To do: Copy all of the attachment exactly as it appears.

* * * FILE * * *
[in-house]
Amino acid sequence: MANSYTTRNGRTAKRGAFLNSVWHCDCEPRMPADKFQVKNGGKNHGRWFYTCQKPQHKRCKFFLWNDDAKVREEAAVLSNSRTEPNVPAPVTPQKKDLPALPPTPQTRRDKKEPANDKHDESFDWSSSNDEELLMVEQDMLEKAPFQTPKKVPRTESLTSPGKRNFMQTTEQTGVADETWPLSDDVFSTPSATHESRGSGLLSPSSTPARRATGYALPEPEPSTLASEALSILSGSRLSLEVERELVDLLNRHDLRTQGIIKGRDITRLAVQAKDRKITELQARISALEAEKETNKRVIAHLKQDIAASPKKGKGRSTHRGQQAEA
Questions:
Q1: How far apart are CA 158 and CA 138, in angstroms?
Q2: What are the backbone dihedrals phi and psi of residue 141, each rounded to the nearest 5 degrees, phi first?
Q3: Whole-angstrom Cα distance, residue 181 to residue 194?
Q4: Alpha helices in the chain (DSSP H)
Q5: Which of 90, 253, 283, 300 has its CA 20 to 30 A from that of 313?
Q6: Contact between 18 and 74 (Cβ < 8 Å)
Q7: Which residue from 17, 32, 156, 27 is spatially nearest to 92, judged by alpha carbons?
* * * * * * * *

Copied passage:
[in-house]
Amino acid sequence: MANSYTTRNGRTAKRGAFLNSVWHCDCEPRMPADKFQVKNGGKNHGRWFYTCQKPQHKRCKFFLWNDDAKVREEAAVLSNSRTEPNVPAPVTPQKKDLPALPPTPQTRRDKKEPANDKHDESFDWSSSNDEELLMVEQDMLEKAPFQTPKKVPRTESLTSPGKRNFMQTTEQTGVADETWPLSDDVFSTPSATHESRGSGLLSPSSTPARRATGYALPEPEPSTLASEALSILSGSRLSLEVERELVDLLNRHDLRTQGIIKGRDITRLAVQAKDRKITELQARISALEAEKETNKRVIAHLKQDIAASPKKGKGRSTHRGQQAEA
Questions:
Q1: How far apart are CA 158 and CA 138, in angstroms?
Q2: What are the backbone dihedrals phi and psi of residue 141, each rounded to the nearest 5 degrees, phi first?
Q3: Whole-angstrom Cα distance, residue 181 to residue 194?
Q4: Alpha helices in the chain (DSSP H)
Q5: Which of 90, 253, 283, 300 has its CA 20 to 30 A from that of 313?
Q6: Contact between 18 and 74 (Cβ < 8 Å)
Q7: Which residue from 17, 32, 156, 27 is spatially nearest to 92, judged by alpha carbons?